Why Picking The Right Degree Matters


If you’re like me, you’re parents told you that you need to get good grades in high school, you have to go to college, and you then get a good job. It’s so simple, right?

Well, maybe it used to be that simple in the 1980s, but it really isn’t that simple anymore. In fact, going to college is probably one of the toughest choices that an 18 year old high school graduate has to make. Your entire financial future relies on this single decision.

The choice is this: do you want to be poor or not? This is why picking the right degree and college program matter.

College is the New High School

The bottom line is that college is the new high school. I remember my freshman year at college – I was so unprepared for the college educational experience. I truly felt like my high school let me down, even though I was a straight A student. I couldn’t imagine going into the real world workplace with just a high school education – I would not have been successful.

And the earnings prove it. According to the National Institute for Education Statistics, high school graduates had a median income by the time they were 35 of only $29,950 vs. $44,970 for college graduates. That means that you get 50% more income just by graduating college.

But It’s Not Just Going to College…

The problem with showing people these charts, though, is that they suddenly assume that going to college will make you more money. It’s not just about going to college! You have to remember that going to college costs money, and going to high school does not.

According to The College Board, the average cost of college for an in-state public college was $22,261 for 2013. If you want to go to a private college, the cost is $43,289.

So, to increase your income roughly $15,000 per year, you’ll have to shell out roughly $80,000 over 4 years. That’s not cheap – and that means, for most students, that you’ll have to take out student loans.

The Trouble with Student Loans

That leads us to the trouble with student loans. At 18, you’re suddenly faced with a decision about your financial future – should you borrow $80,000 or not?

This isn’t a simple question, but to answer it, the student needs to look at what they are borrowing against. If you’re getting a car loan, the car is collateral. If you don’t pay your car loan, the bank repossesses your car.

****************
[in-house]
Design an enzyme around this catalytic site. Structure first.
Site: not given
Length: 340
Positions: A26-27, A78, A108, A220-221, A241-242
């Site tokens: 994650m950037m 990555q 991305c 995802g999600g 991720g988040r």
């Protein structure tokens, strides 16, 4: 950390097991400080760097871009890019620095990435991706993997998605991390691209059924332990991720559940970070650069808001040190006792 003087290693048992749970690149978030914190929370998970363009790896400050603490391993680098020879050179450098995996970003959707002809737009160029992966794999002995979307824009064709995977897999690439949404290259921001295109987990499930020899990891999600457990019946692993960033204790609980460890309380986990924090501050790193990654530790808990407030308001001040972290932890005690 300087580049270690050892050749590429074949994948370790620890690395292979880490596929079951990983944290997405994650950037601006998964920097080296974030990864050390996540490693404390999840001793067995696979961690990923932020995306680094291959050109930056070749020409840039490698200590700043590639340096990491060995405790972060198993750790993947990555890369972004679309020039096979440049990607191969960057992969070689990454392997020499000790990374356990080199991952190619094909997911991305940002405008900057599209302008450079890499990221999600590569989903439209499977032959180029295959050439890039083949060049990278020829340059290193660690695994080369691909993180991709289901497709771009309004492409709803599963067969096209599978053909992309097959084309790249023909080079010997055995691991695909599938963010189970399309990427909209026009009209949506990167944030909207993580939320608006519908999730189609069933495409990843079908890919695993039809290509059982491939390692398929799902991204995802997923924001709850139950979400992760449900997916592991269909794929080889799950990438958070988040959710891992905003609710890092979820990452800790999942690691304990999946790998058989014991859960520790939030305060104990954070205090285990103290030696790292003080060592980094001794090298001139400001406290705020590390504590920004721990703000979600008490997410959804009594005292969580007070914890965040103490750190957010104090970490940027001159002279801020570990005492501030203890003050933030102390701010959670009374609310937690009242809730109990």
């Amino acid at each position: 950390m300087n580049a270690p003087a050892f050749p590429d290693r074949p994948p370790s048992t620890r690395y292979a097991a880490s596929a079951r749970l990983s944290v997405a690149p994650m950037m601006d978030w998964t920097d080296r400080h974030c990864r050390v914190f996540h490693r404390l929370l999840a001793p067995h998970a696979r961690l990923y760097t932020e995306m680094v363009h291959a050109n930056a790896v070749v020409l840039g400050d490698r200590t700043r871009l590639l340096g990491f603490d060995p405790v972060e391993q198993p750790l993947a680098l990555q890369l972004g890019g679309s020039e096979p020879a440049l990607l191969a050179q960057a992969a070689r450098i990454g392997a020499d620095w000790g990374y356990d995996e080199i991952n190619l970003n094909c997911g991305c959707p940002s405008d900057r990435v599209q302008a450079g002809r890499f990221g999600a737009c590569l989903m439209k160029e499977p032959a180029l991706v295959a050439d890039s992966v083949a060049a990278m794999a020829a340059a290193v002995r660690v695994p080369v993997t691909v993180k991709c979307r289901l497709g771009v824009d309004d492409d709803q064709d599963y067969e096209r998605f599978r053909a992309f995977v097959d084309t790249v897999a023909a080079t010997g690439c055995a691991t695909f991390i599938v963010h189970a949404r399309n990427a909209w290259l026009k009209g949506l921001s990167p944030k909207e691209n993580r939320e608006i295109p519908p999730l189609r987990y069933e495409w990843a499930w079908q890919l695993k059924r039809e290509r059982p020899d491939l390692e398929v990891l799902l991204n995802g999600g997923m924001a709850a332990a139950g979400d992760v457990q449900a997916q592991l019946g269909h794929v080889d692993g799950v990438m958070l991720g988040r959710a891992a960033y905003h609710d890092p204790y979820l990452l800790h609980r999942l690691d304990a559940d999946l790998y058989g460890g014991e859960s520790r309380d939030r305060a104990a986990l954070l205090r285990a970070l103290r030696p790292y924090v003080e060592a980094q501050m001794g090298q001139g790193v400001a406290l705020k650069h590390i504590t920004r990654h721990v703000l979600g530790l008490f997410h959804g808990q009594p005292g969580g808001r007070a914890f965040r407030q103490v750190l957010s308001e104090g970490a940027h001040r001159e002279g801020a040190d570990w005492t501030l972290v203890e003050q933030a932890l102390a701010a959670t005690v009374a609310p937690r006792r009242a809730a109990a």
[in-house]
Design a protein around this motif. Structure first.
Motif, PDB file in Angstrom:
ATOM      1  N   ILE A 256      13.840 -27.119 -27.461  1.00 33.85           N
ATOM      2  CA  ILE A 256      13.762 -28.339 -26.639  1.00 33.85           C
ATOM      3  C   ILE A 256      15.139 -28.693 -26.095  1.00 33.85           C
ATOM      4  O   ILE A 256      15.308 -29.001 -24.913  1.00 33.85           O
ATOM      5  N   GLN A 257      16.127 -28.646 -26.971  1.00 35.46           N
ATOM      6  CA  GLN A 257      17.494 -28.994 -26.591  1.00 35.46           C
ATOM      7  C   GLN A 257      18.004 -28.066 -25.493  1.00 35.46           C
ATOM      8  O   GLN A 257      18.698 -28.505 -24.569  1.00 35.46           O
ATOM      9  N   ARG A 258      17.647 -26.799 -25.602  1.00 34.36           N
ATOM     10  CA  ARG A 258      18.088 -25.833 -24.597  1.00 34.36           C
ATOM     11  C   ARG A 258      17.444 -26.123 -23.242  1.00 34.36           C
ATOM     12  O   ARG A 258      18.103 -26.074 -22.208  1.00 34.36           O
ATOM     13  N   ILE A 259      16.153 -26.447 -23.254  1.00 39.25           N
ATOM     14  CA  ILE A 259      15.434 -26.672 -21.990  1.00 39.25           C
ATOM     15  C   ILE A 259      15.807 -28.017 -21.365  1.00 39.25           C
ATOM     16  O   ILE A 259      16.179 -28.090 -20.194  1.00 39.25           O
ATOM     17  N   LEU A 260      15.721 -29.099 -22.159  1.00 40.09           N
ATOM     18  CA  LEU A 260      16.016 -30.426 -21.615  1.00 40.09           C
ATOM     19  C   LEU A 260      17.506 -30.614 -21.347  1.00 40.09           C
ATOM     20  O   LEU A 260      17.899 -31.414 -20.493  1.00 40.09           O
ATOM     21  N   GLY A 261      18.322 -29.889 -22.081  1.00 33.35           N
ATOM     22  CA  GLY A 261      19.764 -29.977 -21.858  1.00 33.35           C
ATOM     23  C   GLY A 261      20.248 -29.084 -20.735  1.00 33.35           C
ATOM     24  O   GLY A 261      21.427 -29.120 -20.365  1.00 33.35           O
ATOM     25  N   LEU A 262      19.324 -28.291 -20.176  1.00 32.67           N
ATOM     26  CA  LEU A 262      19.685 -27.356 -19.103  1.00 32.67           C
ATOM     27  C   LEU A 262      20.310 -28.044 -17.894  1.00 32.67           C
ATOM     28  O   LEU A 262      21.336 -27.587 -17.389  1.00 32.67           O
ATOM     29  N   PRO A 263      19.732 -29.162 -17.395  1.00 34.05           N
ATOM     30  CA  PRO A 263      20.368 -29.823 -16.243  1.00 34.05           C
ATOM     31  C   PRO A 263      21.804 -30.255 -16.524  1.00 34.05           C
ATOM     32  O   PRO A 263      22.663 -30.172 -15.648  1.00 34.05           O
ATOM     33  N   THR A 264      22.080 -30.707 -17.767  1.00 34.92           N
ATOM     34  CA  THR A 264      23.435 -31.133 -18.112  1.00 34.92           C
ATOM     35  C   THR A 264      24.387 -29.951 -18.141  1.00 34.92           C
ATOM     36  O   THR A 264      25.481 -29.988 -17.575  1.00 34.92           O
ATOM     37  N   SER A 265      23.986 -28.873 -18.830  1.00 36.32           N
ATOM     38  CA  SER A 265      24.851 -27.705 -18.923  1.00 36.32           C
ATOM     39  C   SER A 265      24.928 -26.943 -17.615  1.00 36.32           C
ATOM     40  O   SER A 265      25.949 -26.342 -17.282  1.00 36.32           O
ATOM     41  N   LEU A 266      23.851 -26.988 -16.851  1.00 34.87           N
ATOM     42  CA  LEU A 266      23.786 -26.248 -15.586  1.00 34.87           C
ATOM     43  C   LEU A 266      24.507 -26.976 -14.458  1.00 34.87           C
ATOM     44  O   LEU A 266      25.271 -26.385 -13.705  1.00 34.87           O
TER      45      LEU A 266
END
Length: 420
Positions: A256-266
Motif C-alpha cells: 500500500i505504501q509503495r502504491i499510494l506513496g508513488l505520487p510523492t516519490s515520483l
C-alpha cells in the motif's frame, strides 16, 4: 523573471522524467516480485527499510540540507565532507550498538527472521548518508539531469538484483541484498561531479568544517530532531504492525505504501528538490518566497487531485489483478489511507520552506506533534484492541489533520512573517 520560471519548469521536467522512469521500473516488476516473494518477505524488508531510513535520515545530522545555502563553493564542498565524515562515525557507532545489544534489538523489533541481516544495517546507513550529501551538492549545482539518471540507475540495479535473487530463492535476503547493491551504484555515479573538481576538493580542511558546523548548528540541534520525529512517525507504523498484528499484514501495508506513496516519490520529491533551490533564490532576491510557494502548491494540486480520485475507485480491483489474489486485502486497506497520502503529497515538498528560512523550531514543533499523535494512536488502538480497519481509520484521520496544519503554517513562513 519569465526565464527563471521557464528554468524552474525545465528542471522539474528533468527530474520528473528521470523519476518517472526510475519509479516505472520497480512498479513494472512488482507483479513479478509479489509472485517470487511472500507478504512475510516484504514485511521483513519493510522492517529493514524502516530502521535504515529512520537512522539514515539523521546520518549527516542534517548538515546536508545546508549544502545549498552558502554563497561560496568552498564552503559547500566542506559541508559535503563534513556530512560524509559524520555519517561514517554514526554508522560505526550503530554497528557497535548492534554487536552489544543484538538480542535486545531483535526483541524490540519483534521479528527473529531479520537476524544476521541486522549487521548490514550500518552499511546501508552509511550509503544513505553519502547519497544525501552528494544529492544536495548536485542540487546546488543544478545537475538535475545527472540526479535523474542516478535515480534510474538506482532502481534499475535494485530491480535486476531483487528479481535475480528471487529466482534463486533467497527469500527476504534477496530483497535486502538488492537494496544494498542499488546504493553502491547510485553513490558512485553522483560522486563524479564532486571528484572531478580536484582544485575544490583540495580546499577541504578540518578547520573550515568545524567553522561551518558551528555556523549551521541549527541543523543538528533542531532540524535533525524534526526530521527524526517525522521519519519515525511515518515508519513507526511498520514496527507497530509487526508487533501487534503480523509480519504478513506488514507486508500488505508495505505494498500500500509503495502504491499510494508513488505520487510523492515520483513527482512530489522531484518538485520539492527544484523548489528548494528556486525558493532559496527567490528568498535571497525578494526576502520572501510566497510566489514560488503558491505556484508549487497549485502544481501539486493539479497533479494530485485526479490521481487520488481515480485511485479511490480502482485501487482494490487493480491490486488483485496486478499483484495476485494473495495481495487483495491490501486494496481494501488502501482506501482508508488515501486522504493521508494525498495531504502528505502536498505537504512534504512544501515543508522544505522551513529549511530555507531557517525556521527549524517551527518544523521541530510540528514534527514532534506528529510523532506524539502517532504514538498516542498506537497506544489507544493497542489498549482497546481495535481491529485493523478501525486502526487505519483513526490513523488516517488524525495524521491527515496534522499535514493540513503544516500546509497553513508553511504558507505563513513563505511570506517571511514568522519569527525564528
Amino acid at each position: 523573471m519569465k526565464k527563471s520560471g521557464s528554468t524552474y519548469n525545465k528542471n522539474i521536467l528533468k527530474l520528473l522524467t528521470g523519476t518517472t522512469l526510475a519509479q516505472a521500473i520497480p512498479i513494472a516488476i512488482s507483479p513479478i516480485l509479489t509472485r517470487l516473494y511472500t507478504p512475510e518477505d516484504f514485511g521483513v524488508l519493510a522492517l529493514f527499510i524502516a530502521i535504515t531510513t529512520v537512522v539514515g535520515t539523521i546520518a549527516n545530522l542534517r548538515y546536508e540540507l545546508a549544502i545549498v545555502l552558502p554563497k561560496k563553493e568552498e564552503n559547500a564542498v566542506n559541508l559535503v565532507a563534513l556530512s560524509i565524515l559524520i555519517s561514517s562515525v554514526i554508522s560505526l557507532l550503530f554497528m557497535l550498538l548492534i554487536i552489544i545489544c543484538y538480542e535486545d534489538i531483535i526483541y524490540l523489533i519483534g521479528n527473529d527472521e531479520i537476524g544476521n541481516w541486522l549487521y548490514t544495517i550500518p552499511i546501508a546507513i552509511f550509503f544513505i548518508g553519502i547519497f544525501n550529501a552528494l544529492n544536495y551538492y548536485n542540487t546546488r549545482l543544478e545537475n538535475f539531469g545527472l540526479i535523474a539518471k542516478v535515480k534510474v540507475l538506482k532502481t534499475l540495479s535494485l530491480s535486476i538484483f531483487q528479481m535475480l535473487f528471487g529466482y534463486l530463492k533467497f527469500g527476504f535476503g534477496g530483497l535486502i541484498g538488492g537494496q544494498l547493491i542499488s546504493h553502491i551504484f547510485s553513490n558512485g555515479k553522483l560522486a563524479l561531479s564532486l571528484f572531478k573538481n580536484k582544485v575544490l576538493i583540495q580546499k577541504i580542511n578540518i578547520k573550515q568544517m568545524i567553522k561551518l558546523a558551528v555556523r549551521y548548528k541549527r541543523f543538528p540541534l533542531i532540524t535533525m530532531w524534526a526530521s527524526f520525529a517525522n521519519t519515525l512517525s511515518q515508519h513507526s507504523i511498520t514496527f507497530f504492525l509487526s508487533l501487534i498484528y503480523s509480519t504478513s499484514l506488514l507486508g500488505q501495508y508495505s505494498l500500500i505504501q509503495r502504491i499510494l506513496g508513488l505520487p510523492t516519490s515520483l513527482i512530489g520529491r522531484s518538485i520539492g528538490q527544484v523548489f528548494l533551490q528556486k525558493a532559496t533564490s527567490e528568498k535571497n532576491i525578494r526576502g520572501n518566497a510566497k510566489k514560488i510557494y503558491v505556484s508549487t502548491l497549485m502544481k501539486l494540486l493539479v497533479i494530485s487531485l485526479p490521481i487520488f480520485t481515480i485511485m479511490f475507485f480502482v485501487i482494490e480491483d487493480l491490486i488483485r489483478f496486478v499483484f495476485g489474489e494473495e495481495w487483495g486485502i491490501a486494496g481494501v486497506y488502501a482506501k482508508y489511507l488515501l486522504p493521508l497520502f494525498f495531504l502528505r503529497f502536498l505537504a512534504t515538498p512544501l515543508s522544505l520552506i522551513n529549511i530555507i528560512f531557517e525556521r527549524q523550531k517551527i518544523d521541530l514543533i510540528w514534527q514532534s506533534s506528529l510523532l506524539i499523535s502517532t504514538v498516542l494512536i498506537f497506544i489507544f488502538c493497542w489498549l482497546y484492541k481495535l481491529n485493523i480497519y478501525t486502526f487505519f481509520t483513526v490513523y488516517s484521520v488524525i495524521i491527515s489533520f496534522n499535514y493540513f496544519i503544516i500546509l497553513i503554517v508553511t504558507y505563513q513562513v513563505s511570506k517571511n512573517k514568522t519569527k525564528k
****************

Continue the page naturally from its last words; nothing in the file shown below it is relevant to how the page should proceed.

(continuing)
With a student loan, the loan is borrowed against your future earnings. If you don’t pay your student loan, the government will garnish your wages, take your tax return, and reduce your Social Security.

So, when doing the calculation about whether you should get a student loan or not, you need to consider how much money you’ll make when you graduate.

This Is Why Picking the Right Degree Matters

It’s actually not so much about the degree as it is what you want to do with your degree and how much it’s going to cost you. Just look at this survey from the National Association of Colleges and Employers:

As you can see, you will make substantially more going into engineering than you will going into the humanities. But at the same time, this shouldn’t crush your dreams – you just need to frame your education financial decisions around this.

Making Smart Education Decisions Based on Finances

If you want to become a teacher, don’t let this stop you. Instead, look at the cheapest educational route you can take to become a teacher – student loan forgiveness programs available, the debt you’ll face is not affordable, and you’ll struggle for your entire adult life to meet other goals – like buying a house and raising a family.

Your Degree Matters

This isn’t about being a downer. This is about facing and conquering the reality of life. Chances are, you aspire to more in life than working – you want to travel, buy a home, raise a family, buy a new car every 5 years. And the trouble is, these things all cost money.

If you burden yourself with student loan debt early in life, you trap yourself. Student loans are a helpful tool for paying for your education. But they must be used responsibly, and that means taking a truthful look at what your life will be when you graduate.

Don’t compromise your dreams – just explore the path it will take to get there. And remember, you want to work to live, not live to work.

What are your thoughts on college costs, and planning your educational finances ahead of time? Are you burdened by student loans?

This is a guest post written by Robert Farrington from The College Investor. He helps young adults and college students get off on the right financial footing.

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